Monthly Archives: July 2014

lab news

Summer 2014 Lab News

Some new publications:

Benatar, A., & Clifton Jr, C. (2014). Newness, givenness and discourse updating: Evidence from eye movements. Journal of Memory and Language, 71, 1-16.

Pazzaglia, A. M., Staub, A., & Rotello, C. M. (2014).  Encoding time and the mirror effect in recognition memory:  Evidence from eyetracking.  Journal of Memory and Language, 75, 77-92.

A recent conference presentation:

Wang, Cohen, & Li. (May 2013). Cultural Differences in Decision Making for the Self and Other.  Presented at 6th Chinese International Conference on Eye Movements, Beijing, PRC.

Some upcoming ones at AmLap, in Edinburgh in September:

Kretzschmar, F., Schlesewsky, M. & Staub, A. Word frequency in context shows differential effects on eye fixations and fixation-related potentials.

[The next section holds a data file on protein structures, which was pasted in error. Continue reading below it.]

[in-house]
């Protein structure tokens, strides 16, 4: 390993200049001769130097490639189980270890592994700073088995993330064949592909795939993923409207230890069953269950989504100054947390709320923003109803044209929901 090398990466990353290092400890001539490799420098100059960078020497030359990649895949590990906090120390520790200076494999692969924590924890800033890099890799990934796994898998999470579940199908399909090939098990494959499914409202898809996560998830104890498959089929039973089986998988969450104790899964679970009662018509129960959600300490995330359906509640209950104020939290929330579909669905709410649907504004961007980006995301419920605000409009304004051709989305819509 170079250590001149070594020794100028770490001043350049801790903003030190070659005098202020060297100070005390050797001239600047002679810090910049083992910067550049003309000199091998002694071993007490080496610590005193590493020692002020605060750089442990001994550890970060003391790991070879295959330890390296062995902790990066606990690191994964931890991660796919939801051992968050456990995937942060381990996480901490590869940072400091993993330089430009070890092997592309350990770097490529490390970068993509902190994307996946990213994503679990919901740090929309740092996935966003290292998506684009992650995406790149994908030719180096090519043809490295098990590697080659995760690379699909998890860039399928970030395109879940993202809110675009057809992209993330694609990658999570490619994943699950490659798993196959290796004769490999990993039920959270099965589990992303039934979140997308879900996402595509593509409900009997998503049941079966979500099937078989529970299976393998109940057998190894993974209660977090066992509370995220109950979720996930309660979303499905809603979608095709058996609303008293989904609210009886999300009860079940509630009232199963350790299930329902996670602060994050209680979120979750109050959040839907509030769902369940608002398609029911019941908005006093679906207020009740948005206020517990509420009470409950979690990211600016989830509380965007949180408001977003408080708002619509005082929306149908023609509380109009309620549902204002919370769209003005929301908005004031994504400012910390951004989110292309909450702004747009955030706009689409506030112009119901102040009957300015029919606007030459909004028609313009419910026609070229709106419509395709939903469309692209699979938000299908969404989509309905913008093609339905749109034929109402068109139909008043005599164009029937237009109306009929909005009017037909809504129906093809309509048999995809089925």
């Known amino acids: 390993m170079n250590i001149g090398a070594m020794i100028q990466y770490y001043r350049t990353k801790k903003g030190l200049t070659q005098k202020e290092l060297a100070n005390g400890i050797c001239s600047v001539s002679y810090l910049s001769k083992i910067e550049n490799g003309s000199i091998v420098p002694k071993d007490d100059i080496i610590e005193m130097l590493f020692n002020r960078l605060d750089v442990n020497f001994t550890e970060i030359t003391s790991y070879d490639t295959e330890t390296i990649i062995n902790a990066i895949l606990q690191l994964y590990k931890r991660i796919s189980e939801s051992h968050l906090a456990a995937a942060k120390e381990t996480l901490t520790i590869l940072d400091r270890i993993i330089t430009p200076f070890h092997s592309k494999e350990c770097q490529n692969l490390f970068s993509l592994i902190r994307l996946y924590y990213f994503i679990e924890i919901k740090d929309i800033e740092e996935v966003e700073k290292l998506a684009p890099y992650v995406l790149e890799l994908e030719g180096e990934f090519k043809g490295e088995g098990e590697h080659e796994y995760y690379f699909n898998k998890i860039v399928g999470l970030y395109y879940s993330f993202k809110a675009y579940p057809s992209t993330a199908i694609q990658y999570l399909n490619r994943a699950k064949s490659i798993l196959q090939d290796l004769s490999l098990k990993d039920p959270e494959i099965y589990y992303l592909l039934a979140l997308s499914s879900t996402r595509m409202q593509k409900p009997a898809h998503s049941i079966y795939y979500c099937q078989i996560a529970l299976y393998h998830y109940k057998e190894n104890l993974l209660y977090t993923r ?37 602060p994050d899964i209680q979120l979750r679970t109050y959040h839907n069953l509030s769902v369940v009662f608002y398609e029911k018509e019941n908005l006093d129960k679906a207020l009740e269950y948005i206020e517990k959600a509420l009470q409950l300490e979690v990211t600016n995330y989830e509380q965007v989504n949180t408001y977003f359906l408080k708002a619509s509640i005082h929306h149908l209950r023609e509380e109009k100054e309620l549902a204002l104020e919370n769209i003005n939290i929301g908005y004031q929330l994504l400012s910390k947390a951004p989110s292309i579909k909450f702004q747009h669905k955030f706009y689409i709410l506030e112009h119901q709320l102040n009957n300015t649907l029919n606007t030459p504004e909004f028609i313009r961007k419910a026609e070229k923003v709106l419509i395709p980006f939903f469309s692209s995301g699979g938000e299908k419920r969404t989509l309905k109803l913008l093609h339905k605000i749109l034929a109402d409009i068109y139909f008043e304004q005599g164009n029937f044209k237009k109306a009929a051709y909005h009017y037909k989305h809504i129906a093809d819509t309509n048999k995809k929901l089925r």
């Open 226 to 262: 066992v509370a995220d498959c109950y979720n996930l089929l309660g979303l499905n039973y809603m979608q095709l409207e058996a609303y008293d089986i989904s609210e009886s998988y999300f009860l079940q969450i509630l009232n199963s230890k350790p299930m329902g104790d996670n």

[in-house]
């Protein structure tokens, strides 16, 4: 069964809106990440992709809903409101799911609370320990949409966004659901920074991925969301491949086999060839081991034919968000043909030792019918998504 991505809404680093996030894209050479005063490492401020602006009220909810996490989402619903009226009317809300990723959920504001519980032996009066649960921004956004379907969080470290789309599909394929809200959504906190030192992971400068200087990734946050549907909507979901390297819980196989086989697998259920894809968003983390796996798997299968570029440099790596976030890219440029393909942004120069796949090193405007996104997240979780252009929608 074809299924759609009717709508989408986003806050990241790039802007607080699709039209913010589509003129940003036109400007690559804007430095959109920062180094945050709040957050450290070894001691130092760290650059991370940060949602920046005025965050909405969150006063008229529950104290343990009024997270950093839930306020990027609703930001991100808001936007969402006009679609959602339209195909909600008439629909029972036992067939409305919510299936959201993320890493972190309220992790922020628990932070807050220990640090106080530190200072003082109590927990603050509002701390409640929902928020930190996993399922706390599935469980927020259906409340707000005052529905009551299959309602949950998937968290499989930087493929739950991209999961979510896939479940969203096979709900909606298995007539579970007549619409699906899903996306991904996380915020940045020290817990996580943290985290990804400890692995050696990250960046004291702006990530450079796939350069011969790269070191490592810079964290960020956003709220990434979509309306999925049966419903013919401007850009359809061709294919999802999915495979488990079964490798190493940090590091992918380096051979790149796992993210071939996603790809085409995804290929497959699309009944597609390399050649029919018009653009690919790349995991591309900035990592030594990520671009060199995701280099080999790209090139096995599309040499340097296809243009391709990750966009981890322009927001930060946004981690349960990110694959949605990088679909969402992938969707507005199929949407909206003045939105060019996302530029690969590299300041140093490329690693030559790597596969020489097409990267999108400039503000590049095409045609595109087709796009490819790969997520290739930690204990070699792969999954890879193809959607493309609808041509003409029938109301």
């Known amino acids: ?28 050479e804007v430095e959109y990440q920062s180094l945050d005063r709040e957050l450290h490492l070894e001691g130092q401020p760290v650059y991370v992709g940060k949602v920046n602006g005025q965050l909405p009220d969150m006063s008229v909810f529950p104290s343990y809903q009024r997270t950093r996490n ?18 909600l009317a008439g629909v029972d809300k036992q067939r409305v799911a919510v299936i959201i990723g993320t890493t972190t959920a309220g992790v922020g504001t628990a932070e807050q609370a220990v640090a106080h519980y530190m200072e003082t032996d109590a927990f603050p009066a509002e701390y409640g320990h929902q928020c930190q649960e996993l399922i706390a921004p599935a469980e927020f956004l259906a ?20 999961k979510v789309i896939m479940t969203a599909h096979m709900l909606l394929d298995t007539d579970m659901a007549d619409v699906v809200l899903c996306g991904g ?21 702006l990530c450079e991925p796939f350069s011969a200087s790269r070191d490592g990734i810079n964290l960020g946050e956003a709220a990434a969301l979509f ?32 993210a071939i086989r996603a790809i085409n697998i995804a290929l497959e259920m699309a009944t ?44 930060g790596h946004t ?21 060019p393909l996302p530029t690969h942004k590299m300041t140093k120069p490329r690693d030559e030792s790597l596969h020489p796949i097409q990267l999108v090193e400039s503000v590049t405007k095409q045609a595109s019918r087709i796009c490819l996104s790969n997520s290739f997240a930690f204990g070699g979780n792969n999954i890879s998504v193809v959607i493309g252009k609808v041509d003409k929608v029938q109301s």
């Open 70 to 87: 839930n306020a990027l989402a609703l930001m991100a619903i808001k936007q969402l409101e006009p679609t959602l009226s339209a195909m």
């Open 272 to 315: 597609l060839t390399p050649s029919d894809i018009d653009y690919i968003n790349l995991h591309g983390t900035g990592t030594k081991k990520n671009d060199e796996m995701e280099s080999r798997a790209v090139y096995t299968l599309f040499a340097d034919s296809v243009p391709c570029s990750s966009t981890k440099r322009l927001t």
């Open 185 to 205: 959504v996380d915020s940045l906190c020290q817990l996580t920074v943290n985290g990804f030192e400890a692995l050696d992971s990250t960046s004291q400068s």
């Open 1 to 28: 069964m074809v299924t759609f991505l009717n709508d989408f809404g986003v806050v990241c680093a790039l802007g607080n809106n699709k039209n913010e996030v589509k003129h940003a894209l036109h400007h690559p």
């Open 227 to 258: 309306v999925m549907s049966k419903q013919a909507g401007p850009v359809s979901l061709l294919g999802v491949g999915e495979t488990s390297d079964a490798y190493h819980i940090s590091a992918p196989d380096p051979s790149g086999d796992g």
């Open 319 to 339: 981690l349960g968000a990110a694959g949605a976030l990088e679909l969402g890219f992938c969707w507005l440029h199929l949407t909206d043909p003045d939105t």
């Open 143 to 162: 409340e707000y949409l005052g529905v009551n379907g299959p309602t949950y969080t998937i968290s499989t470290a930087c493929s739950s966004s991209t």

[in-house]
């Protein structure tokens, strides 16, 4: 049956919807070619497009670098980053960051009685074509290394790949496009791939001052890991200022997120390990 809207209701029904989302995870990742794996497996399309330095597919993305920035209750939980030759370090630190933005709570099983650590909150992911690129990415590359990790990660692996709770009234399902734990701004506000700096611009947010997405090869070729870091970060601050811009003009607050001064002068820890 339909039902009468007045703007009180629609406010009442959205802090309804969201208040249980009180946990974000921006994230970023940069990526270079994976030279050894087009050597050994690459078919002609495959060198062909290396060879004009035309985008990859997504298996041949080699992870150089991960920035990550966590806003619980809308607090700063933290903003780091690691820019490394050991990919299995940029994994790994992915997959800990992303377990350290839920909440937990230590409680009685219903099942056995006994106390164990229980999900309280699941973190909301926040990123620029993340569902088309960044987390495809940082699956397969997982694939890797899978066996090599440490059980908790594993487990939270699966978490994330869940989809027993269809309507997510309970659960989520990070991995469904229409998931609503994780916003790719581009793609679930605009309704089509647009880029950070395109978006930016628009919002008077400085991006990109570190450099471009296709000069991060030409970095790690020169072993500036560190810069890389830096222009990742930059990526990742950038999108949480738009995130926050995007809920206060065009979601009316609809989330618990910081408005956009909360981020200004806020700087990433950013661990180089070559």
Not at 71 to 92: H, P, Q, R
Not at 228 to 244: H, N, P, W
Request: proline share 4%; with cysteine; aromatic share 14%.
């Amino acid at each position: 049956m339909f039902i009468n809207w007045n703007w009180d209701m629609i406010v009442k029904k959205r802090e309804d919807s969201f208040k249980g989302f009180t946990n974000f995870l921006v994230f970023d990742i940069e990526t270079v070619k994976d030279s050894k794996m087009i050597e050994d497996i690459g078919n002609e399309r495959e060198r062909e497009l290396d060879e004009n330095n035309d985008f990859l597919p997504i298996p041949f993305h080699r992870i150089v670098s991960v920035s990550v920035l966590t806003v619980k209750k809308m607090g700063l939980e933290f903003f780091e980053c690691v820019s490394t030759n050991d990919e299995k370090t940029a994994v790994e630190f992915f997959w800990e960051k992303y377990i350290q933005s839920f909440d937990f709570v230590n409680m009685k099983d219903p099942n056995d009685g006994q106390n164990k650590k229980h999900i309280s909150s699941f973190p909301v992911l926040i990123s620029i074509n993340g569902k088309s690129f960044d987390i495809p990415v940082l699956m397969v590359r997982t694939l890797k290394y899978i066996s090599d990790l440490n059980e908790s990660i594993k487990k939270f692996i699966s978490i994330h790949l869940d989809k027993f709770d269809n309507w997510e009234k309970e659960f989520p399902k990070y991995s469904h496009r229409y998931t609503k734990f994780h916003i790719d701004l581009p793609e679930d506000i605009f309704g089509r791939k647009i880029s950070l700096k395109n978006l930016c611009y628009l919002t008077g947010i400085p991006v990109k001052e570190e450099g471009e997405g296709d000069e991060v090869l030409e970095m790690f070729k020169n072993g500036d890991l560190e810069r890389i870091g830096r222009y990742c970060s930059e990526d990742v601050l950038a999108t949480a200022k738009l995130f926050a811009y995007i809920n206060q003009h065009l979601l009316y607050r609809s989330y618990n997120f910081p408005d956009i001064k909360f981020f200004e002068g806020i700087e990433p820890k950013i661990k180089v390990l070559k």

Weiss, A. F., Kretzschmar, F., Bornkessel-Schlesewsky, I., & Staub, A. The influence of lexical association on syntactic analysis: Eye movement evidence.

And some at Psychonomics, in Long Beach in November:

Staub, A., Kretzschmar, F., & Schlesewsky, M. Co-Registration of Eye Movements and EEG Demonstrates Dissociation of Predictability and Frequency Effects in Reading.

Cohen, A., Staub, A., & Hedrick, J. Information Use in Bayesian Reasoning.

Keung, L., & Staub, A.  Number Attraction Occurs Even When There Are No Plurals.

Finally, Chuck Clifton and Mara Breen participated in a week-long symposium “Rhythm and Intonation on the Page” the week of July 14, 2014. The symposium was organized by Peter Elbow, and was held on the top floor of the UMass Library. Chuck and Mara told a dozen or so poets, linguists, writing teachers, performing-art experts, and the like about how experimental research – especially eyetracking – could help them understand what readers got out of what they wrote. They were very interested in how eyetracking could shed light on what goes on in a reader’s head, especially as it involves the little voice that many readers report hearing. Some research collaborations may come out of the symposium (and Chuck and Mara learned a little bit about poetry).